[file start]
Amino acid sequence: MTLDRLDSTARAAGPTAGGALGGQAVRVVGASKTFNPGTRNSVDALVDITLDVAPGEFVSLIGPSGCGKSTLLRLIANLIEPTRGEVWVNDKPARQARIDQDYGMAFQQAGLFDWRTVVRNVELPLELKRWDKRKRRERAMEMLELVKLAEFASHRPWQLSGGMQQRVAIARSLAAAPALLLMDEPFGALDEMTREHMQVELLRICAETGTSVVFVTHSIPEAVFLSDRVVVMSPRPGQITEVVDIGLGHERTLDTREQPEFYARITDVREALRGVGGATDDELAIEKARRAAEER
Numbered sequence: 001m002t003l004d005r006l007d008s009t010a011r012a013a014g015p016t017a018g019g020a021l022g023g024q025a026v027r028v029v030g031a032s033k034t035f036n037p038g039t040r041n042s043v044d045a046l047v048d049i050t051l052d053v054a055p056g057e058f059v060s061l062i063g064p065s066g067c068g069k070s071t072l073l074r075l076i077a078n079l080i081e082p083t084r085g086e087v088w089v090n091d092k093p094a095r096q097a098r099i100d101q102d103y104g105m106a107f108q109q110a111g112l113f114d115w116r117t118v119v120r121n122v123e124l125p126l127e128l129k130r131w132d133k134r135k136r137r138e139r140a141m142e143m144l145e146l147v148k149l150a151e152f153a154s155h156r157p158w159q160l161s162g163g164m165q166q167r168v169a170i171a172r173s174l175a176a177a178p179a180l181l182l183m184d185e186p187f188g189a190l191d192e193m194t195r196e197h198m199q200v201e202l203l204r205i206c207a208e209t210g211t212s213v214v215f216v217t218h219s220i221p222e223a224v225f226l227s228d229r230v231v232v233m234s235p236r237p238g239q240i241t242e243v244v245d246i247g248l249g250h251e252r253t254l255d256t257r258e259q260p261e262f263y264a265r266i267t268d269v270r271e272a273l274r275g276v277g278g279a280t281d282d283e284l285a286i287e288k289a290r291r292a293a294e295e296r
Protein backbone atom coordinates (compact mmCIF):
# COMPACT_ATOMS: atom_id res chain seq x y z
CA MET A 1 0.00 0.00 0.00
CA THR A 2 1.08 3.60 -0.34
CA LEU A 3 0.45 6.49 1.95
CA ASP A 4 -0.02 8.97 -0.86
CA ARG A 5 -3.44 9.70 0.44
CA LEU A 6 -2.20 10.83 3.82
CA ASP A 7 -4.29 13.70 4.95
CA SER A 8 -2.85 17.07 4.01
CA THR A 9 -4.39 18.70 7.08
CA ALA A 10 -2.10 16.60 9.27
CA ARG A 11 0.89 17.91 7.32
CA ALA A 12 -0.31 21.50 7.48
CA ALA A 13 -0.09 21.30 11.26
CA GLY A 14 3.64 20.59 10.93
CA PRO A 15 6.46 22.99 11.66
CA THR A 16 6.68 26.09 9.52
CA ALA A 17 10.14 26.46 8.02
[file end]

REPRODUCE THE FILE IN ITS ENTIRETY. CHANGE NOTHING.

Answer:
Amino acid sequence: MTLDRLDSTARAAGPTAGGALGGQAVRVVGASKTFNPGTRNSVDALVDITLDVAPGEFVSLIGPSGCGKSTLLRLIANLIEPTRGEVWVNDKPARQARIDQDYGMAFQQAGLFDWRTVVRNVELPLELKRWDKRKRRERAMEMLELVKLAEFASHRPWQLSGGMQQRVAIARSLAAAPALLLMDEPFGALDEMTREHMQVELLRICAETGTSVVFVTHSIPEAVFLSDRVVVMSPRPGQITEVVDIGLGHERTLDTREQPEFYARITDVREALRGVGGATDDELAIEKARRAAEER
Numbered sequence: 001m002t003l004d005r006l007d008s009t010a011r012a013a014g015p016t017a018g019g020a021l022g023g024q025a026v027r028v029v030g031a032s033k034t035f036n037p038g039t040r041n042s043v044d045a046l047v048d049i050t051l052d053v054a055p056g057e058f059v060s061l062i063g064p065s066g067c068g069k070s071t072l073l074r075l076i077a078n079l080i081e082p083t084r085g086e087v088w089v090n091d092k093p094a095r096q097a098r099i100d101q102d103y104g105m106a107f108q109q110a111g112l113f114d115w116r117t118v119v120r121n122v123e124l125p126l127e128l129k130r131w132d133k134r135k136r137r138e139r140a141m142e143m144l145e146l147v148k149l150a151e152f153a154s155h156r157p158w159q160l161s162g163g164m165q166q167r168v169a170i171a172r173s174l175a176a177a178p179a180l181l182l183m184d185e186p187f188g189a190l191d192e193m194t195r196e197h198m199q200v201e202l203l204r205i206c207a208e209t210g211t212s213v214v215f216v217t218h219s220i221p222e223a224v225f226l227s228d229r230v231v232v233m234s235p236r237p238g239q240i241t242e243v244v245d246i247g248l249g250h251e252r253t254l255d256t257r258e259q260p261e262f263y264a265r266i267t268d269v270r271e272a273l274r275g276v277g278g279a280t281d282d283e284l285a286i287e288k289a290r291r292a293a294e295e296r
Protein backbone atom coordinates (compact mmCIF):
# COMPACT_ATOMS: atom_id res chain seq x y z
CA MET A 1 0.00 0.00 0.00
CA THR A 2 1.08 3.60 -0.34
CA LEU A 3 0.45 6.49 1.95
CA ASP A 4 -0.02 8.97 -0.86
CA ARG A 5 -3.44 9.70 0.44
CA LEU A 6 -2.20 10.83 3.82
CA ASP A 7 -4.29 13.70 4.95
CA SER A 8 -2.85 17.07 4.01
CA THR A 9 -4.39 18.70 7.08
CA ALA A 10 -2.10 16.60 9.27
CA ARG A 11 0.89 17.91 7.32
CA ALA A 12 -0.31 21.50 7.48
CA ALA A 13 -0.09 21.30 11.26
CA GLY A 14 3.64 20.59 10.93
CA PRO A 15 6.46 22.99 11.66
CA THR A 16 6.68 26.09 9.52
CA ALA A 17 10.14 26.46 8.02